Article titled “The PhD Factory” in Nature 2011volume 472 is a part of the reading materials for this semester in Preparing the future professoriate course. The core of the article is in the high levels of PhD production and the future of those PhDs. Situations between countries like China and Germany were explored and they differed quite significantly based on the economy of those countries.
The worth of spending the time in higher education was brought up with a comment, that does not sit well with me.
…it is not clear that spending years securing this high level qualification is worth it for a job as, for example, high school teacher.
I say why not? Would I want extremely qualified, passionate teachers for my children? As shown by the graphs in the article, the salary is not much changed between PhD and non-PhD in Europe or US. So it might actually not be the money that we are after when getting a PhD. How could we put worth on knowledge and experience research training gives? Could the society get more out of the trained PhDs than just research? Their educations is at least partially paid from the tax money.
Statistics from Nature vol 427 article “The PhD Factory” by Cyranoski et al. 2011
The need for soft skills on the side of hard core research will play a big role in offering PhDs an opportunity to leave academia as well as have a productive career in academia. I found this lacking in my Finnish institution during my master’s studies. Virginia Tech has answered this need with the future professoriate and other certification opportunities.
Getting the PhDs outside of academia after graduation is extremely enticing idea, when we see current faculty fighting over grants fiercely and stressing over their ability to keep their labs afloat. The examples of Germany and Singapore seem like good models for economies similar to them. However the balance of drawing PhDs to the outside world can go overboard and cause problems to the academia, as seen in the example of India. Striking a balance in this issue should involve political decisions as the future of a whole country can be affected by it.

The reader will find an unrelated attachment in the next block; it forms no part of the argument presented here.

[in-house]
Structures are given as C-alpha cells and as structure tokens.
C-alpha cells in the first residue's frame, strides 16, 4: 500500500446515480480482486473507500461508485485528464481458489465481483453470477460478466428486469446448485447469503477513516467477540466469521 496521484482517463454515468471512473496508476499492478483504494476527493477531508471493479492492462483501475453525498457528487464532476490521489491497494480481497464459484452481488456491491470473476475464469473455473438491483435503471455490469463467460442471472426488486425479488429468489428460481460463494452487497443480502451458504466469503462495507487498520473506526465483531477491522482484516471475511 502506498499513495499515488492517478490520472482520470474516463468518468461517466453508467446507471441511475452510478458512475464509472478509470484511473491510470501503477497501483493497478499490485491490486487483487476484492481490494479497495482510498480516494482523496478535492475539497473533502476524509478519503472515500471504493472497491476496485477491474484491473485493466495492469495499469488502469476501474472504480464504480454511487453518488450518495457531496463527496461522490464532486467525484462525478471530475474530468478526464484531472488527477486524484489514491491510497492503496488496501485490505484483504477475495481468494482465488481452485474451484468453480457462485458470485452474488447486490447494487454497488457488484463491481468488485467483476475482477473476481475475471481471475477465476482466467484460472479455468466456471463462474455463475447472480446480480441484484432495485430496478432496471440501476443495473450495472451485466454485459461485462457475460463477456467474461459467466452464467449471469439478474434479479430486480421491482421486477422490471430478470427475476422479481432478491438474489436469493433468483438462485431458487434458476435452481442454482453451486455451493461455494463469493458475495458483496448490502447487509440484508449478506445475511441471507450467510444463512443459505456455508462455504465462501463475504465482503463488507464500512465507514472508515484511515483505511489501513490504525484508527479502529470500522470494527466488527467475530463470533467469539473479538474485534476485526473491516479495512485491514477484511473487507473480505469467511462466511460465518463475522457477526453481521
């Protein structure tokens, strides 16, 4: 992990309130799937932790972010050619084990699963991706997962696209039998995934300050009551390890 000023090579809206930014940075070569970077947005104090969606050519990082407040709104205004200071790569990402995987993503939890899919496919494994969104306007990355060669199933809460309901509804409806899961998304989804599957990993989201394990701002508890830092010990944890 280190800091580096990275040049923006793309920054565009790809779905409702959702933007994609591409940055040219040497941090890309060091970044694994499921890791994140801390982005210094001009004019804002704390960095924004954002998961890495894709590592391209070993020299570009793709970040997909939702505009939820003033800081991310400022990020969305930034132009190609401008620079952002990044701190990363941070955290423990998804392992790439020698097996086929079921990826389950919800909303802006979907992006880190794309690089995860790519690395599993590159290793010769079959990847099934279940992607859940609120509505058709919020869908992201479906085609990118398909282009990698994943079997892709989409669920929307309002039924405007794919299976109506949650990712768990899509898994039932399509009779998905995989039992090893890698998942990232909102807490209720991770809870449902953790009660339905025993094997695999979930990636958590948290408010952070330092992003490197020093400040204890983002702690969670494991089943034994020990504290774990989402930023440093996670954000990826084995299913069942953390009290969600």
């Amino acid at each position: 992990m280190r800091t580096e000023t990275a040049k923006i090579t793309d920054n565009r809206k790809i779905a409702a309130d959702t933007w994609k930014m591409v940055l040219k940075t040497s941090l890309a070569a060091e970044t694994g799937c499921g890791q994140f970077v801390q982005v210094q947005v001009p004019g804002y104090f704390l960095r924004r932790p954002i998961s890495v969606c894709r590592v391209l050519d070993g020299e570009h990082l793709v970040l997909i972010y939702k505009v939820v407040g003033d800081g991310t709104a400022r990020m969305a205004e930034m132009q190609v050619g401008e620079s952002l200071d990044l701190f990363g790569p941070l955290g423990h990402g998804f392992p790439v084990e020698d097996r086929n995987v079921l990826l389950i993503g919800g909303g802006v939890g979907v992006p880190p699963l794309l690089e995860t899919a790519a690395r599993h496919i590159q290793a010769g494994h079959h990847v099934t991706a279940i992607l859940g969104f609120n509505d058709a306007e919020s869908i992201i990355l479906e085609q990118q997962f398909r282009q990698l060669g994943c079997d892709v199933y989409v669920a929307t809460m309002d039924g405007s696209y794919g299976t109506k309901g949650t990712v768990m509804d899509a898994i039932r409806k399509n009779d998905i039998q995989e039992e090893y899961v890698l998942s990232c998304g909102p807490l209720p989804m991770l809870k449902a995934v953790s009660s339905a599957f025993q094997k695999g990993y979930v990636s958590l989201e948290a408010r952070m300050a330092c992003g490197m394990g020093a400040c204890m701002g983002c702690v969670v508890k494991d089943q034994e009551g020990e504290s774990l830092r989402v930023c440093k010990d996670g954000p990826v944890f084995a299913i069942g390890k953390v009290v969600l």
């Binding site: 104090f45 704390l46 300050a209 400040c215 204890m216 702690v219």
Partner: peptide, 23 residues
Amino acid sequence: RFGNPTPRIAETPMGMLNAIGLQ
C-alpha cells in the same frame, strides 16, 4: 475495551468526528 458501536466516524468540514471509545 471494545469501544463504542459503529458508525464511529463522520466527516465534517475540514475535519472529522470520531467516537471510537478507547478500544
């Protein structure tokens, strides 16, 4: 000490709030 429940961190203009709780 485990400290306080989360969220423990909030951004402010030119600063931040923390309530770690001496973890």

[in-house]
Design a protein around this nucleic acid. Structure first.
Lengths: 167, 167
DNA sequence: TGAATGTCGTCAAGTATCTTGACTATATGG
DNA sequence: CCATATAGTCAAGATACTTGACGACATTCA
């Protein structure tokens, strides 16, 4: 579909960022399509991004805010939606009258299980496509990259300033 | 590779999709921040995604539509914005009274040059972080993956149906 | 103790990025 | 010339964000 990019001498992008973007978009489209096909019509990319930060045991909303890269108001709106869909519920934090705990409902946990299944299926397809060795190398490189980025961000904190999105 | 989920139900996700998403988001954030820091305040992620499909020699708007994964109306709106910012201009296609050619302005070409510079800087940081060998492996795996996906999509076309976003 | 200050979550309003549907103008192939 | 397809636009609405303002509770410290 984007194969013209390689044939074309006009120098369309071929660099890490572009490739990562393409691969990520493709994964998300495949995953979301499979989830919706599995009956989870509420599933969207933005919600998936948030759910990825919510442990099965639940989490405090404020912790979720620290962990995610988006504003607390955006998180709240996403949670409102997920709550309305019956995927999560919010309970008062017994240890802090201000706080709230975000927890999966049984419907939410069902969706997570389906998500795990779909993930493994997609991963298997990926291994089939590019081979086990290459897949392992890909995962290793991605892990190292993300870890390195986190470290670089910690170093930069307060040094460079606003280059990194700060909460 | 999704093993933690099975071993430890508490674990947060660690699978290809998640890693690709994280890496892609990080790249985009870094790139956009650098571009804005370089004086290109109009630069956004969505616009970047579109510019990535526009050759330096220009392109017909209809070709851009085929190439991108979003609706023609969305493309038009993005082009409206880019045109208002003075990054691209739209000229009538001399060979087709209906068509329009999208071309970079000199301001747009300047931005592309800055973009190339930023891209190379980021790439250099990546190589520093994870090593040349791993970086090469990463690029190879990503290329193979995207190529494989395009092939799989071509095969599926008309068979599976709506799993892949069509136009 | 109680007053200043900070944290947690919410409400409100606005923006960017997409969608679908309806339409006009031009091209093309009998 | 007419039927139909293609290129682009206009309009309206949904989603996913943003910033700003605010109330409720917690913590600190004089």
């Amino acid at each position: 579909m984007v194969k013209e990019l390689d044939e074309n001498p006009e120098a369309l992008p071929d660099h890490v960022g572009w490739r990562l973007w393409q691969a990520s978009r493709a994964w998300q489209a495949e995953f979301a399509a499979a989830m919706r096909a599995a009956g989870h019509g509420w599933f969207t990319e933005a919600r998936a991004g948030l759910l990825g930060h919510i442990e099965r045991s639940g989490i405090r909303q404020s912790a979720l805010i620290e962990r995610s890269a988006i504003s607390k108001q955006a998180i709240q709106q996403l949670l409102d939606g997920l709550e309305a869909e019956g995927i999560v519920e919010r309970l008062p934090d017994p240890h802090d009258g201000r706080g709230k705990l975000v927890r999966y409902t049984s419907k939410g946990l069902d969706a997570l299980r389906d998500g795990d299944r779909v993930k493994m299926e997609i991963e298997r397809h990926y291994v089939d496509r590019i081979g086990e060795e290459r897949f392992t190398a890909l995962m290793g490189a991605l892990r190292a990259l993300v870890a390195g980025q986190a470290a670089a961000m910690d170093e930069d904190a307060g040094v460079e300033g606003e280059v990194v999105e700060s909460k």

An issue brought up in the article is the differing view for the need of PhDs between academics and politicians
To Paula Stephan, an economist in Georgia State University in Atlanta who studies PhD trends, it is “scandalous” that US politicians continue to speak of PhD shortage.
Are there really too many PhDs or are they just trained towards too narrow career paths? The policies in place to award universities monetarily based on how many PhDs they produce, has in Finland led to problems. The amount of PhD students has increased while the next level jobs have decreased. Is the number of PhD degrees in a country some sort of status symbol in politics? This is why more academics need to get into politics. The divide between academics and the people who actually steers the society surrounding the universities needs to be addressed to have healthy development of academia.